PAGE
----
dL7TEAqAIAv-Ev (for dL7TEA7)A05Etv) PMich. 491.7-8, 2nd cent.
a7mypa7ropE (for d7oypdcoo,at) PLBat. v, ix.23; Xii.2I; xiv.28; A.D. 174
JoavTra (for algavra) CPR 223.28, 2nd cent.

This apparently unconditional interchange of the symbols for the


17E.g., arErKEKE'VE(for a7rEaX-7KEvaL PDura 26), but dEictaul5aa L (for a9'racr5aat
PDura 3I) and KarEcurt?itv (for KarEarractv PDura 46), all private letters of the 3rd
cent. A.D.
18 Lejeune (above, note 3) ?4I. This phenomenon is considered by P. Kretschmer,
Einleitung in die Geschichte dergriechischen Sprache (G6ttingen I896) I3-I4, as a Northwest
Greek element of the Koine.
I9 W. Cr6nert, Memoria Graeca Herculanensis (Lipsiae I903) 8i-85. For the loss of aspi-
ration after /s/ in the papyri, see further S. G. Kapsomenos, " "EpEvvat ELS'7 'rv IAciu)aav
7-6'v 'EAAKqVtK6v H7awip v. 2E4pa Hp P$r1," 'Er7nrtortKOV7 'E7TrqP S 7 (Thes-
saloniki I957) 35I-2; elsewhere in the Koine, K. Dieterich, Untersuchungen zur Geschichte
der griechischen Sprache von der Hellenistischen Zeit bis zum 1o. Jahrhundert n. Chr.
(Byzantinisches Archiv, Erginzung der Byzantinischen Zeitschrift, Heft I, Leipzig I989)
ioo; S.B. Psaltes, Grammatik der Byzantinischen Chroniken (Gottingen I9I3) 95.
20 Cp. Schwyzer (above, note 3) 2I0-II; Lejeune (above, note 3) ?50.
21 Lejeune ?4I. Cp. also Latin transcriptions such as Trhaso, Mitrhidates, Clhoe
(Leumann-Hofmann-Stolz-Schmalz, Lateinische Grammatik (Miinchen I928) I3I.

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I98 FRANCIS T. GIGNAC [I970

aspirated and voiceless s


often enough to be puzz
thus seemingly identifie
voiceless stops were, a c
voiced stops by those sa
evidence of this. The on
are forms of OV5etS, p7
represent an actual inter
in Attic and other diale
before a rough breathin
and represent the assimila
inine is always oC3epa,
in the papyri after the s
There is no fully satisf
change of aspirated and vo
interference. In the Boh
the Delta area, there were
there were consonant clusters of a voiceless stop + aspirate.23 In
Bohairic, however, opposition between voiceless and aspirate occurred
only in accented syllables, and the aspirates were themselves lost in late
Byzantine times.24 Confusion of aspirates with their corresponding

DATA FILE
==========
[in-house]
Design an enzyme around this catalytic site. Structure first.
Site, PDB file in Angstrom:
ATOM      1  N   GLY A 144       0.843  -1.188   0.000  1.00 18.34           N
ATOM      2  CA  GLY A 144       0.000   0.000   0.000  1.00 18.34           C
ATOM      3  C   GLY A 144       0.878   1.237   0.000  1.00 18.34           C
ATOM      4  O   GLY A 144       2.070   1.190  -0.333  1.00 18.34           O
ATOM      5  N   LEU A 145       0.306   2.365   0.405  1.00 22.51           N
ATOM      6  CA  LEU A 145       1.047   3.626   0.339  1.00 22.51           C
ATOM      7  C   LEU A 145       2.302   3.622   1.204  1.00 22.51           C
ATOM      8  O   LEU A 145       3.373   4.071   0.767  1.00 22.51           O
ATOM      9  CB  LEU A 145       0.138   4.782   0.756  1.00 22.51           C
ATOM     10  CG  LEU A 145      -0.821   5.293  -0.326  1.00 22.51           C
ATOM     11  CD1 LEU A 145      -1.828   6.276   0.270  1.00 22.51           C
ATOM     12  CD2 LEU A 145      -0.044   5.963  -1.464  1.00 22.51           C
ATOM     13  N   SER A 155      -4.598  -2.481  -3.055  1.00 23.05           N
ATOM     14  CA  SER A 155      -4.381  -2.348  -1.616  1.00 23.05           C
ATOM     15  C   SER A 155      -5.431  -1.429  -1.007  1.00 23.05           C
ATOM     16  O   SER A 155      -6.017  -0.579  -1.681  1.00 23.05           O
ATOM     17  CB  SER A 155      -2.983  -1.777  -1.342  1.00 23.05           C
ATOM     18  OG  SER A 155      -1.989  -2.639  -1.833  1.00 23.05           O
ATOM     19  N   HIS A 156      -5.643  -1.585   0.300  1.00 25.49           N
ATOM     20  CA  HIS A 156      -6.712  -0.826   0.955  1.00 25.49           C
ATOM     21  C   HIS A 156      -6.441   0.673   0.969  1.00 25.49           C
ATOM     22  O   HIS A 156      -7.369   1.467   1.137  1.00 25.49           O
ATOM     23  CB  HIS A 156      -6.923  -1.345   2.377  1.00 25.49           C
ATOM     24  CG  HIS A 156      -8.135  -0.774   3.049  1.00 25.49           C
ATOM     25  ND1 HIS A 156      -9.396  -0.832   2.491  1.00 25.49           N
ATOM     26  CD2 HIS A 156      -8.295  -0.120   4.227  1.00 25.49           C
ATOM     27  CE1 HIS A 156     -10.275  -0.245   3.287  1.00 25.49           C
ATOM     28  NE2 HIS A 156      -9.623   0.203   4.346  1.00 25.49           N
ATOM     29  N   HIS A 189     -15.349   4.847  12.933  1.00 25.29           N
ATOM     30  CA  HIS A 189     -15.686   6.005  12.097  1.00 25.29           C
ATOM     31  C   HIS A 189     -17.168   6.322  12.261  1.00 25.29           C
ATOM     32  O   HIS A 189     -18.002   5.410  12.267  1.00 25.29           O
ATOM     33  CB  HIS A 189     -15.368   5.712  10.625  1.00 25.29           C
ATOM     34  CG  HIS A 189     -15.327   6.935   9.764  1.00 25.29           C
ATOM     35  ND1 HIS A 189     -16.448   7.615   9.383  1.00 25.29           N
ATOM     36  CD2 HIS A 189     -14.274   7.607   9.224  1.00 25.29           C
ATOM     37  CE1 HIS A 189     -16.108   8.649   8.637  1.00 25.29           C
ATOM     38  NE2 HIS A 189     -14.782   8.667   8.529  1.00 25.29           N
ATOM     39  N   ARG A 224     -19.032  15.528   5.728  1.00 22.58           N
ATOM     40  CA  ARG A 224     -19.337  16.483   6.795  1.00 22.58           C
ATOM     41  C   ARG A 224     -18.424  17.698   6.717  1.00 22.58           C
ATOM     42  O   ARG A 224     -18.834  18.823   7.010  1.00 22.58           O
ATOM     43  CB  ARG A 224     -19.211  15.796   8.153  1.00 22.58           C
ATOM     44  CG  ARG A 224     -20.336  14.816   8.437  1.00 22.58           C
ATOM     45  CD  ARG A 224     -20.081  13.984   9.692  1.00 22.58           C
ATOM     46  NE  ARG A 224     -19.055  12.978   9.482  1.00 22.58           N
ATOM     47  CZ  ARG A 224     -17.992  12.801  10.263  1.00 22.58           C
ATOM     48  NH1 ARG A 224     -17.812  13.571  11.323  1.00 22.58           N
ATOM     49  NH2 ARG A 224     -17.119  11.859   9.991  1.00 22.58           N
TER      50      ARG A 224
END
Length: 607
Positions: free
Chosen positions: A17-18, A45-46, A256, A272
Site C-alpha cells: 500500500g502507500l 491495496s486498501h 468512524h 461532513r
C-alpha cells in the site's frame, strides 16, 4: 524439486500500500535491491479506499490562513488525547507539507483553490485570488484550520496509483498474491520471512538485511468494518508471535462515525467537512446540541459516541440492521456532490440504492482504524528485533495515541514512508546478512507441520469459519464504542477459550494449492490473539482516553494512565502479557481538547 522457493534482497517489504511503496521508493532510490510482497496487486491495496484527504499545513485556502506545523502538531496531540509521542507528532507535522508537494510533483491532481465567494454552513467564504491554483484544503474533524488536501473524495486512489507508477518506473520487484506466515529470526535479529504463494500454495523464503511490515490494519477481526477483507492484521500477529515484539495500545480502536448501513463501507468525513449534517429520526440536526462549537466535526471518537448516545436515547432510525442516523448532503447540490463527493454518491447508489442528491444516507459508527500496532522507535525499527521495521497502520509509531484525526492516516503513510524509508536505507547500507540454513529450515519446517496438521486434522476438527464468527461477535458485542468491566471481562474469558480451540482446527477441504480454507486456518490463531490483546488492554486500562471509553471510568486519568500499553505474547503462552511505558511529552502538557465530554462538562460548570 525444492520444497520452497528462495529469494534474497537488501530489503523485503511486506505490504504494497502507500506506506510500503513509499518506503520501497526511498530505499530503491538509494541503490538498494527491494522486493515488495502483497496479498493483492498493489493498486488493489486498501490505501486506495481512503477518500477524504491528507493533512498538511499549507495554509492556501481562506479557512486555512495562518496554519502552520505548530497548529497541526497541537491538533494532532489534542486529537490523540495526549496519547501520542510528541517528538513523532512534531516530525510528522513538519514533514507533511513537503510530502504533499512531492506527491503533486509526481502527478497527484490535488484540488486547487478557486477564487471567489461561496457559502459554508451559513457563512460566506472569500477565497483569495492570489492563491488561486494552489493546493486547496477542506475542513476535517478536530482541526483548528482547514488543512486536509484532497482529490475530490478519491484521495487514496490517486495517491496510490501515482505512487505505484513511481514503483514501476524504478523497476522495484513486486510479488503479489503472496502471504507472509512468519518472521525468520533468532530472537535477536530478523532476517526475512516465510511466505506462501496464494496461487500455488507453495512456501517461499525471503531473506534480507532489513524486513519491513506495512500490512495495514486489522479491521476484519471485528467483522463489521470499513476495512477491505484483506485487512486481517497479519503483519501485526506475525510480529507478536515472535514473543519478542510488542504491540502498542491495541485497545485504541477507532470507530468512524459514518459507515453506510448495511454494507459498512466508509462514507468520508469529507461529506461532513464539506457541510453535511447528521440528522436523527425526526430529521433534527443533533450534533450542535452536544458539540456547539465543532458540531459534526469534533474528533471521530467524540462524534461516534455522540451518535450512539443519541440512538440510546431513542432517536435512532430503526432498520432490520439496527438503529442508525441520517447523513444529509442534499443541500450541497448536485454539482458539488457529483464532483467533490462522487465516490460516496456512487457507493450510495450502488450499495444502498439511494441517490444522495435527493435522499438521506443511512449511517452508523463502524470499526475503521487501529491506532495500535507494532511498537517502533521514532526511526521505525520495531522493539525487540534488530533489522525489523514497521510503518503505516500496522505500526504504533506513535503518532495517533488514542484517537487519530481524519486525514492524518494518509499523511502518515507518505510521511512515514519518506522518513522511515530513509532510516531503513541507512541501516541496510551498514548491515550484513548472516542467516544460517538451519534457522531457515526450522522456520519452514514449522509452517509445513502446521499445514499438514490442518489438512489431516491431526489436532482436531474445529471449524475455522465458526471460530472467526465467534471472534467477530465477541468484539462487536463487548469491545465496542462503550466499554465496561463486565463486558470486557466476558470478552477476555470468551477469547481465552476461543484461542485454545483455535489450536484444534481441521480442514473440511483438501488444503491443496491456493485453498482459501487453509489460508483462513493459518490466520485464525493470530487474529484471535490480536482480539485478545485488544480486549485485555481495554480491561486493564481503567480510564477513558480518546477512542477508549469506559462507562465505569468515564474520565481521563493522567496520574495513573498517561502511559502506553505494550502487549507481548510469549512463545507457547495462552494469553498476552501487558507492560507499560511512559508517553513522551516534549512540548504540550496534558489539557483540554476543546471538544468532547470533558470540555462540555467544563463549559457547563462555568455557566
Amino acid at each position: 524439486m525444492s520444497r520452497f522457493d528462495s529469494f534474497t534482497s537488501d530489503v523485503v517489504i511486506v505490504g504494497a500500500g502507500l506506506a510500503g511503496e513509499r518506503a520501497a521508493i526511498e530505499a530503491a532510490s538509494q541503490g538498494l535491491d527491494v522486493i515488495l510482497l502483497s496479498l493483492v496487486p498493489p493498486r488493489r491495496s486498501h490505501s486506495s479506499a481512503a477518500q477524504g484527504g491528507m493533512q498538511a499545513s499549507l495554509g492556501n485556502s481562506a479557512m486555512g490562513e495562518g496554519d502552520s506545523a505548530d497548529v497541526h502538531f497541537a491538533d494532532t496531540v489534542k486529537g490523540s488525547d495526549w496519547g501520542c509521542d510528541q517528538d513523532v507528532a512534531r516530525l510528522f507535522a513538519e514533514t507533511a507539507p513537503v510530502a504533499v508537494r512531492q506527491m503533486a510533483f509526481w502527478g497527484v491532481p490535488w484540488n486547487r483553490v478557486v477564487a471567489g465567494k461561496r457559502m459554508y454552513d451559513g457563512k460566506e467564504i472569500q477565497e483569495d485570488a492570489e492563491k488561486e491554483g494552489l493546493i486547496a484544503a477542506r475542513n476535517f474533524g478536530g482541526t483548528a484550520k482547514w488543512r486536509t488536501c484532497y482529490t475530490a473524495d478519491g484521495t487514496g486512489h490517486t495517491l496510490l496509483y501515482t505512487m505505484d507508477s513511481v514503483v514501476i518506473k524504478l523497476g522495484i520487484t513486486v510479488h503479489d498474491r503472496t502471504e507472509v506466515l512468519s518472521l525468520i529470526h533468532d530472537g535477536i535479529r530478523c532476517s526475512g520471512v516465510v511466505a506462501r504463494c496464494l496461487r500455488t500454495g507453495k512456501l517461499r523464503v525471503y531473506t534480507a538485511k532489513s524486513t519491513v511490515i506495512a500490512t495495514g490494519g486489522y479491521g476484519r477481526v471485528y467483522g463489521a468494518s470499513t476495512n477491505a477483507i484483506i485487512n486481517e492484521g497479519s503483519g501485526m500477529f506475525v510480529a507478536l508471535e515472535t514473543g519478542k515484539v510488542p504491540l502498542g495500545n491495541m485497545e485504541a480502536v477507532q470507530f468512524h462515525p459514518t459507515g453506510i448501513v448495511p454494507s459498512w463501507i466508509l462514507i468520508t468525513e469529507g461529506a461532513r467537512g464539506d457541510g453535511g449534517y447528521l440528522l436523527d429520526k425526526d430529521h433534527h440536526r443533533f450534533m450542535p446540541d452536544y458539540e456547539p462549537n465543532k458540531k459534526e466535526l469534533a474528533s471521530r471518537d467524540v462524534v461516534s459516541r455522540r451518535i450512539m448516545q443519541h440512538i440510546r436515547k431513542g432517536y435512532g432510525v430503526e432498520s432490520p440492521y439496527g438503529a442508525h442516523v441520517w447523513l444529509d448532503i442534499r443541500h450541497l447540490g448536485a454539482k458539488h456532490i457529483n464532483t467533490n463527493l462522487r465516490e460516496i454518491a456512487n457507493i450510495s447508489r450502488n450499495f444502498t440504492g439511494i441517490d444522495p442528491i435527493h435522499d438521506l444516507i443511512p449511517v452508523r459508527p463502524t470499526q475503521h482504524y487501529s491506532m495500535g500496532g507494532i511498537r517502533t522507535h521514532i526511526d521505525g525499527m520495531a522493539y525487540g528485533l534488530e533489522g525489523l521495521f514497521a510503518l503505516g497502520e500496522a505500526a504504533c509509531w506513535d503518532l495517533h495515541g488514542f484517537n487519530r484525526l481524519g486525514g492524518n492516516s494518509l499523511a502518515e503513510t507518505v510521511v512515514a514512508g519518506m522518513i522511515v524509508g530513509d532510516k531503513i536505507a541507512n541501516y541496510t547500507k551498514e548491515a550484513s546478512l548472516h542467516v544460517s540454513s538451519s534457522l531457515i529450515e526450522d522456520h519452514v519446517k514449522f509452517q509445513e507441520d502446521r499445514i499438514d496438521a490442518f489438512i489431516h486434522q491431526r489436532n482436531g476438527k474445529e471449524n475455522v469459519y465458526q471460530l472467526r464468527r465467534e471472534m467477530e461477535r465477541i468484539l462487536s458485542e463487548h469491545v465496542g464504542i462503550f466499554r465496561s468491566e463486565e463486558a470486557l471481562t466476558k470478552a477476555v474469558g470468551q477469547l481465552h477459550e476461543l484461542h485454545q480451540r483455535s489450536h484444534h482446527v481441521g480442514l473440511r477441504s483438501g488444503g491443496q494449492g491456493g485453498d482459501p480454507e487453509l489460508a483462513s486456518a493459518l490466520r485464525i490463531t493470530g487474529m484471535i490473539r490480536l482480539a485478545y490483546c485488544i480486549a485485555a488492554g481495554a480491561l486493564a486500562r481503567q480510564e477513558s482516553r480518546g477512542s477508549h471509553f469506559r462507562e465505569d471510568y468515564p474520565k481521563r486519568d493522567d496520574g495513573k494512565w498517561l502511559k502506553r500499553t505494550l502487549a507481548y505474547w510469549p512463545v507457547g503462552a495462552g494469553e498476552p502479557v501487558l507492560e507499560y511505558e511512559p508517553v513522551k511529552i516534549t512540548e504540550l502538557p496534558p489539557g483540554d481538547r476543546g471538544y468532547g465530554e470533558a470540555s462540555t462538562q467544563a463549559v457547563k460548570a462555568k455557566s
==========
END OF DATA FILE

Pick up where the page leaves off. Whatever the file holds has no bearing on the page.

voiceless stops, at least in the case of the dentals, is already found
increasingly frequently in Demotic inscriptions, especially in words
without a traditional orthography.25 In Coptic documents, there are
parallel interchanges of aspirates and voiceless stops, both in native
Egyptian words and in Greek loanwords.26 These interchanges are
infrequent in comparison with the interchange of voiced and voiceless
stops but proportionate to the frequency of the unrestricted interchange
of aspirated and voiceless stops in the Greek papyri. This proportion

22 Meisterhans-Schwyzer (above, note 3) I04; Schweizer (above, note 3) I12-I4.


23 Worrell (above, note Io) 85; Crum (above, note 9), sub X, E, (D; G. Steindorif
Lehrbuch der Koptischen Grammatik (Chicago, I95I) ?7, Ii; Vergote (above, note Io)
34.
24 Vergote, ibid.
25 Ibid.
26 Kahle (above, note ii) ?72 (K> X), ?II7B (X> K), ?IIIA (r>O), ?97A (irX>+),
?II6E (b > 7r); Worrell (above, note io) 99 ff; B5hlig (above, note 9) I08-9; Crum
(above, note 9), under the individual letters.

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Vol. IOI] PRONUNCIATION OF GREEK STOPS IN PAPYRI I99

lends support to a hypothesis of bilingual interference


tion of the aspirated stops. The relative infrequenc
change in the Greek loanwords in Coptic may be a result of the
loanwords acquiring a spelling pronunciation within Coptic. Such a
spelling pronunciation is indicated at least for the word e9xXccx in
which initial T (e being a monograph for TZ) was mistaken for the
feminine article, so that when it appears without the definite article,
it is spelled Z?X?ALCC?L.27
A closer examination of the evidence for the confusion of stops in
the papyri reveals that documents which show an identification of
voiced and voiceless stops do not generally confuse the aspirates with